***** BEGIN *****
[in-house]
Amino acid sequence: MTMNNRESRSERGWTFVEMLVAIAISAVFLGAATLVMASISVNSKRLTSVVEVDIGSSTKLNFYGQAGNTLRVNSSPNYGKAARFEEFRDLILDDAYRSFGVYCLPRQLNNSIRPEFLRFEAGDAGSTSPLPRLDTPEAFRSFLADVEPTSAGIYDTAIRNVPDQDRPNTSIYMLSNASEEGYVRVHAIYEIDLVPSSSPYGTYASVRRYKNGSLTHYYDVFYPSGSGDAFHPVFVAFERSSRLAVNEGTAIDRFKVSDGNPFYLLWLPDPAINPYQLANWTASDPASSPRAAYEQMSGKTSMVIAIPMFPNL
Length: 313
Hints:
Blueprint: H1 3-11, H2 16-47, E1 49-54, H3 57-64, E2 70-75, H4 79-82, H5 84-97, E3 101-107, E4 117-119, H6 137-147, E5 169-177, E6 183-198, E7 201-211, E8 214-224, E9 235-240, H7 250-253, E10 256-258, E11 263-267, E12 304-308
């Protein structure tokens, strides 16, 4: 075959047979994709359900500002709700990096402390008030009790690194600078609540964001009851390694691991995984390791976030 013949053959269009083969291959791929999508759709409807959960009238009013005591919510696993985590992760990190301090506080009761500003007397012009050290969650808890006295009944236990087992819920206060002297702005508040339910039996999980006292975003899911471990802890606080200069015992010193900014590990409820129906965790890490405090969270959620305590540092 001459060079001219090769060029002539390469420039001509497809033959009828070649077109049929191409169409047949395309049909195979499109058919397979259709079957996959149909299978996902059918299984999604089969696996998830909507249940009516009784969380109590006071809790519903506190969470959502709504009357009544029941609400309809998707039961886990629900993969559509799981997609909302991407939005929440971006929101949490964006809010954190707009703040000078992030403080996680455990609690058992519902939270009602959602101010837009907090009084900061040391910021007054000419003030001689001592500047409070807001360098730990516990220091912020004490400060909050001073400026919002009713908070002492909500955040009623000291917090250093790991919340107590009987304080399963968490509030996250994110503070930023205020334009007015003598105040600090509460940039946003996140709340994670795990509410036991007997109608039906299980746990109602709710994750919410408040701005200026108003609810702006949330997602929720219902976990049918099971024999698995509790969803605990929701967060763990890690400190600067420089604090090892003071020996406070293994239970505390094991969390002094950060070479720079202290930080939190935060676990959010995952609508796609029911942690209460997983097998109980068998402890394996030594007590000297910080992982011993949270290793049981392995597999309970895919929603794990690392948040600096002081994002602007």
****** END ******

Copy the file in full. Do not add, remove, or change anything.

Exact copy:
[in-house]
Amino acid sequence: MTMNNRESRSERGWTFVEMLVAIAISAVFLGAATLVMASISVNSKRLTSVVEVDIGSSTKLNFYGQAGNTLRVNSSPNYGKAARFEEFRDLILDDAYRSFGVYCLPRQLNNSIRPEFLRFEAGDAGSTSPLPRLDTPEAFRSFLADVEPTSAGIYDTAIRNVPDQDRPNTSIYMLSNASEEGYVRVHAIYEIDLVPSSSPYGTYASVRRYKNGSLTHYYDVFYPSGSGDAFHPVFVAFERSSRLAVNEGTAIDRFKVSDGNPFYLLWLPDPAINPYQLANWTASDPASSPRAAYEQMSGKTSMVIAIPMFPNL
Length: 313
Hints:
Blueprint: H1 3-11, H2 16-47, E1 49-54, H3 57-64, E2 70-75, H4 79-82, H5 84-97, E3 101-107, E4 117-119, H6 137-147, E5 169-177, E6 183-198, E7 201-211, E8 214-224, E9 235-240, H7 250-253, E10 256-258, E11 263-267, E12 304-308
């Protein structure tokens, strides 16, 4: 075959047979994709359900500002709700990096402390008030009790690194600078609540964001009851390694691991995984390791976030 013949053959269009083969291959791929999508759709409807959960009238009013005591919510696993985590992760990190301090506080009761500003007397012009050290969650808890006295009944236990087992819920206060002297702005508040339910039996999980006292975003899911471990802890606080200069015992010193900014590990409820129906965790890490405090969270959620305590540092 001459060079001219090769060029002539390469420039001509497809033959009828070649077109049929191409169409047949395309049909195979499109058919397979259709079957996959149909299978996902059918299984999604089969696996998830909507249940009516009784969380109590006071809790519903506190969470959502709504009357009544029941609400309809998707039961886990629900993969559509799981997609909302991407939005929440971006929101949490964006809010954190707009703040000078992030403080996680455990609690058992519902939270009602959602101010837009907090009084900061040391910021007054000419003030001689001592500047409070807001360098730990516990220091912020004490400060909050001073400026919002009713908070002492909500955040009623000291917090250093790991919340107590009987304080399963968490509030996250994110503070930023205020334009007015003598105040600090509460940039946003996140709340994670795990509410036991007997109608039906299980746990109602709710994750919410408040701005200026108003609810702006949330997602929720219902976990049918099971024999698995509790969803605990929701967060763990890690400190600067420089604090090892003071020996406070293994239970505390094991969390002094950060070479720079202290930080939190935060676990959010995952609508796609029911942690209460997983097998109980068998402890394996030594007590000297910080992982011993949270290793049981392995597999309970895919929603794990690392948040600096002081994002602007």